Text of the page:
- Prior to use, the skin samples were removed from the freezer and allowed to thaw at room temperature. The subcutaneous fat was carefully removed from the full thickness skin and pieces of about 4 x 5 cm2 were stretched evenly over a cork block, with stratum corneum uppermost. Skin sections of about 200 µm thickness were cut off from the top using a dermatome.
- Pieces of skin membranes (approx. 1.8 x 1.8 cm2) were mounted in diffusion cells between the donor and receptor chamber so the stratum corneum was exposed to air and the basal part in contact with the receptor fluid. 0.9% NaCl was pumped through the receptor chamber for an equilibrium period of 0.5-1.0h.
- The integrity of the membranes was checked by applying tritiated water to the skin membrane surface under occluded conditions.
- The cumulative penetration was determined over 6 hours by collecting hourly fractions. The permeability coefficient (Kp) of each skin membrane was calculated for the 3-6 hours interval. Rat skin membranes with Kp > 3.5-10^-3 cm h-1 and human skin membranes with Kp > 2.5.10^-3 cm h-1 were excluded from the subsequent experiment.

PRINCIPLES OF ASSAY
- Diffusion cell: Diffusion of the test material into and across the skin to a receptor fluid was measured using glass diffusion cells in which the epidermis formed a horizontal membrane and provided an application area of 0.64cm2. Seven flow-through diffusion cells were used per aluminium manifold which was connected to a water bath to maintain the temperature of the skin membranes at 31 - 33°C. The receptor chambers were connected to a multi-channel peristaltic pump, with a pump speed of approximately 3 mL/h.
- Receptor fluid: The receptor fluid (50% ethanol in water) was chosen to ensure that the test substance would freely partition into this from the skin membrane and never reach a concentration that would limit its diffusion.
- Temperature: Throughout the experiment the receptor fluid was stirred and the epidermal membranes were maintained at a normal skin temperature of 32 ± 1°C in a water bath.


Results and discussion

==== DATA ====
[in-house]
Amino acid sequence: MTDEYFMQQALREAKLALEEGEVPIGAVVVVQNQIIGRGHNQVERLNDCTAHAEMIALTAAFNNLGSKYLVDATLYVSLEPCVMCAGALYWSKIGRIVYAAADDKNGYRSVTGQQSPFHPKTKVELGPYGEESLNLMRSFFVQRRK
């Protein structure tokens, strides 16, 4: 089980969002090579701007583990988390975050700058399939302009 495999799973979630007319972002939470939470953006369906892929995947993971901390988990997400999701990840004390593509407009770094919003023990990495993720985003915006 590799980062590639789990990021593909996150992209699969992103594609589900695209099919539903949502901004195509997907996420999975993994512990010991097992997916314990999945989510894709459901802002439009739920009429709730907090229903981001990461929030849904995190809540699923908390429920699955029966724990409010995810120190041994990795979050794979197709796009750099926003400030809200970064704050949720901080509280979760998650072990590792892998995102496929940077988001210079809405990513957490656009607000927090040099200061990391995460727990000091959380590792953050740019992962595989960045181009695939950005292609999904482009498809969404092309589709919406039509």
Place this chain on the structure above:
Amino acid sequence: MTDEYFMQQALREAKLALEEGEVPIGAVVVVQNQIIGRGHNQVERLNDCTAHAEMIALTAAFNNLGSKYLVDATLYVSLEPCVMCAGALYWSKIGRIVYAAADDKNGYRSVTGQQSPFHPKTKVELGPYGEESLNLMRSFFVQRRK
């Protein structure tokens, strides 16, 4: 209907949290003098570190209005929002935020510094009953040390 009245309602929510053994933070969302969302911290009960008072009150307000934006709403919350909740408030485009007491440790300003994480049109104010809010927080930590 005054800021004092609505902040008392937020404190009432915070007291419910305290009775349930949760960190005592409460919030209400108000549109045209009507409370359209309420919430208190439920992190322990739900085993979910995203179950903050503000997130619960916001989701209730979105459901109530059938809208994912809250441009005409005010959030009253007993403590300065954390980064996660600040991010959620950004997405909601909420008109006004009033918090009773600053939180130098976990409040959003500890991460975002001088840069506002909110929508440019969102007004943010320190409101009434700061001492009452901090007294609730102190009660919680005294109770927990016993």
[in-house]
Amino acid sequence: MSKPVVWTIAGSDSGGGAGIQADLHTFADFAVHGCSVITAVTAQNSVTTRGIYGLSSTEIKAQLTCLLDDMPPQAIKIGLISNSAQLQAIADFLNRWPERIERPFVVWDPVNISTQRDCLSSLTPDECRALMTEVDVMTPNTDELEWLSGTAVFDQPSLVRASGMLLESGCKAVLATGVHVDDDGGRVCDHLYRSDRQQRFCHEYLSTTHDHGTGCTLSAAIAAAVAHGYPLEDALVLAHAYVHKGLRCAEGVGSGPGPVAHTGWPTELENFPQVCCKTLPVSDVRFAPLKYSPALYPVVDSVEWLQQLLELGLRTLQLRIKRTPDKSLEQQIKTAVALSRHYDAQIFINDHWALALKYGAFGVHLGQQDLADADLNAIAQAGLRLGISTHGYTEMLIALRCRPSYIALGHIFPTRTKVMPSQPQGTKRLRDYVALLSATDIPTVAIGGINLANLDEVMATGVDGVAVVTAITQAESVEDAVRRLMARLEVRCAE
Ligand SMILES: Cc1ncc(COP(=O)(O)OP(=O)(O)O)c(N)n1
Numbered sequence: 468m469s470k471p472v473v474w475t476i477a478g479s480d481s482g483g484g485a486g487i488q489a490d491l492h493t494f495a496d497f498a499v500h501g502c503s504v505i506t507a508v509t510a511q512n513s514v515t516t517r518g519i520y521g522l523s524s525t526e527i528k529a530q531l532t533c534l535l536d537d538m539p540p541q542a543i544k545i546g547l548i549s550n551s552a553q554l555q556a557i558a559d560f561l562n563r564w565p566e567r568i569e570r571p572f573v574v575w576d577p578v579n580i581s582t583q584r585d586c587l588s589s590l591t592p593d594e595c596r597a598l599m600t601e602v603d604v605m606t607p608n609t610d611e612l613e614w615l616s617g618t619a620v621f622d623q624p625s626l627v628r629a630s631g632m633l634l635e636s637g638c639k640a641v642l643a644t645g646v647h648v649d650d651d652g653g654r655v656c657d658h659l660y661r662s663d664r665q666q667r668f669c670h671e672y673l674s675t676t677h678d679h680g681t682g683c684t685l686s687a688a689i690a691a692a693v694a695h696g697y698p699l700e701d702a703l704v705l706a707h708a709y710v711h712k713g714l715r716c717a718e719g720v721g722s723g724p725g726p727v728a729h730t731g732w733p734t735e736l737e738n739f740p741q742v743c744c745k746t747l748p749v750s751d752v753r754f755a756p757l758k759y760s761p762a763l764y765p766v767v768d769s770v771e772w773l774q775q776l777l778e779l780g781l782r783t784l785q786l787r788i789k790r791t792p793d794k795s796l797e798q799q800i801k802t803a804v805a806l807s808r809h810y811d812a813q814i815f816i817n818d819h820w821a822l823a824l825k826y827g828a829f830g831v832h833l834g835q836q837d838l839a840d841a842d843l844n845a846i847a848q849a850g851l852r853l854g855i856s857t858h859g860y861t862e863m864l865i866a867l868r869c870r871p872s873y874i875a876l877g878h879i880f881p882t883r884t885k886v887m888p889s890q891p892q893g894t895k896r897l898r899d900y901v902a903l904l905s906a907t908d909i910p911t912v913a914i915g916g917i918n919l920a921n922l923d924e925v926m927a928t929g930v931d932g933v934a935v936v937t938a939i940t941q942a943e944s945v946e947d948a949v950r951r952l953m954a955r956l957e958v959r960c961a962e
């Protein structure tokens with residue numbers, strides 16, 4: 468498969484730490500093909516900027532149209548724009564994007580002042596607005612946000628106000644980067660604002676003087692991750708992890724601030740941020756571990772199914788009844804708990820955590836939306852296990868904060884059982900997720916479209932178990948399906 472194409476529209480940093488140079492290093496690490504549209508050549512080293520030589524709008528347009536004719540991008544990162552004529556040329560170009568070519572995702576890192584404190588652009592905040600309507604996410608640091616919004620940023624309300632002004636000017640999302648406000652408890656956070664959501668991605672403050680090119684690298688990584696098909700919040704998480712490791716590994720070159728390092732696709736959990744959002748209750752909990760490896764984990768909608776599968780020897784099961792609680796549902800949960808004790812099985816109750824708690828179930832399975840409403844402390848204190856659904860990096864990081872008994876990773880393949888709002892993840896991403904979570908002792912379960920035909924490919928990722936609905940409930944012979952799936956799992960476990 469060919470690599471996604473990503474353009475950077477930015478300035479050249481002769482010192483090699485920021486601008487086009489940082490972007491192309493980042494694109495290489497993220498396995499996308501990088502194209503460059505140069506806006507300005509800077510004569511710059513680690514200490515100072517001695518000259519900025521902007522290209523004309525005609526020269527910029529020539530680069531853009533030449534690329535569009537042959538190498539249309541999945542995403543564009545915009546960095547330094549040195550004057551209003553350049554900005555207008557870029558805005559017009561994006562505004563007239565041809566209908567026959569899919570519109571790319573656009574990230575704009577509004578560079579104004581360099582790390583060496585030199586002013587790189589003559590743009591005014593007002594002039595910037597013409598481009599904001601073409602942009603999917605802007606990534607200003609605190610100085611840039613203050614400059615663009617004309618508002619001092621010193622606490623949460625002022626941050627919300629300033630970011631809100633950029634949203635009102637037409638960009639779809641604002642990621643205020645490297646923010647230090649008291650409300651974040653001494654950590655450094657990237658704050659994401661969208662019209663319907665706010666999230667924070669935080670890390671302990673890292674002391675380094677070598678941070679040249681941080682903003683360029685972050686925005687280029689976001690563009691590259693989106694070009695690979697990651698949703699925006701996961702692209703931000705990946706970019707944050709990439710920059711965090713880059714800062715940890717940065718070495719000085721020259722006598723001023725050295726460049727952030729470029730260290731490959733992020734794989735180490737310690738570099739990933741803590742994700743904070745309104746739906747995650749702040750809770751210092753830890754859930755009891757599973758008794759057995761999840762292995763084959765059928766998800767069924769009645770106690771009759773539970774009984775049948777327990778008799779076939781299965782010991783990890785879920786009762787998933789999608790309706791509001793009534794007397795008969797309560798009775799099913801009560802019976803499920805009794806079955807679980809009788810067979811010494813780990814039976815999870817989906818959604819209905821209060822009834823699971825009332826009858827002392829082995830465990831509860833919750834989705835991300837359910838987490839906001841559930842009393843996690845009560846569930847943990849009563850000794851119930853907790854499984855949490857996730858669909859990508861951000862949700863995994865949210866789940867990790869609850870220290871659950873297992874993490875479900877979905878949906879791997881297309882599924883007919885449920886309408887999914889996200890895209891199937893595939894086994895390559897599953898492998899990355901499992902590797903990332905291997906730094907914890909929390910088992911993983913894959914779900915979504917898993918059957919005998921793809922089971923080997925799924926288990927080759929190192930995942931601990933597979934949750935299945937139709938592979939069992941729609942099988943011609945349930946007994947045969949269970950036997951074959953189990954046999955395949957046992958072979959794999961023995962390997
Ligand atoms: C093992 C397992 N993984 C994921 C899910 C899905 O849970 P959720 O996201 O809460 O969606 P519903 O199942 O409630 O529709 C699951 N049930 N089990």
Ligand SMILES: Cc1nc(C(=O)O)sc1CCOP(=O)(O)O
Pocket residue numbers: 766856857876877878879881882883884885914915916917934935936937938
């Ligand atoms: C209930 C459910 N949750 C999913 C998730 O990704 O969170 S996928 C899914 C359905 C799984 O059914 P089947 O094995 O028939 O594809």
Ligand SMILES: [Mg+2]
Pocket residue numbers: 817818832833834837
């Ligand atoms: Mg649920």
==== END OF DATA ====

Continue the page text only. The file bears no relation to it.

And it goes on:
Signs and symptoms of toxicity:
no effects
Dermal irritation:
no effects
Absorption in different matrices:
RAT SKIN MEMBRANE
- After application of the test material at the low dose level, 0.82% of the applied dose penetrated through the rat skin membrane within 24 hours. At the high dose level the portion penetrating through the rat skin membrane within 24 hours accounted for 1.18% of the dose. The total amount which penetrated within this period accounted for 1.45 µg cm-2 at the low dose level and 40.8 µg cm-2 at the high dose level.
- The flux, which reflects the penetration rate under steady state conditions, was calculated to be 0.062 µg cm-2.h-1 at the low dose level and 1.18 µg cm-2.h-1at the high dose level. The time interval of steady state conditions varied at both dose levels between the individual cells from 1-24 hours and 6-24 hours. The 19-fold higher concentration of the undiluted formulation led to a corresponding 19-fold higher penetration rate as compared to the diluted formulation.

HUMAN SKIN MEMBRANE
- Within 24 hours, 0.19% of the applied low dose and 0.44% of the applied high dose penetrated through the human skin membrane, corresponding to 0.34 µg cm-2 and 15.0 µg cm-2, respectively. The calculated flux, under steady state conditions, accounted for 0.013 µg cm-2.h-1 and 0.20 µg cm-2.h-1 at the low and high dose levels, respectively. The time interval for steady state conditions was between 1-24 and 3-24 hours at the low dose level and between 1-24 and 12-24 hours at the high dose level. Again, the 19-fold higher concentration at the high dose level led to a corresponding 16-fold higher penetration rate (flux) as compared to the low dose level.

See Table 1 at "Any other information on results incl. tables" for further details.
Total recovery:
RAT SKIN MEMBRANE
The mean recovery was 97.2% of the applied radioactivity at the low dose level and 89.2% of the applied radioactivity at the high dose level.

HUMAN SKIN MEMBRANE
The mean recovery was 100.4% and 89.6% at the low and high dose level, respectively.

ANALYSIS OF SKIN RINSE
At both dose levels and in both species, at least 96.5% of the radioactivity was found as unchanged test material. Hence, it was concluded that at both dose levels and in both species the test substance remained stable for 24 hours on the skin membrane.

See Table 2 at "Any other information on results incl. tables" for further details.
Percutaneous absorptionopen allclose all
Key result
Time point:
24 h
Dose:
176.6 µg cm^-2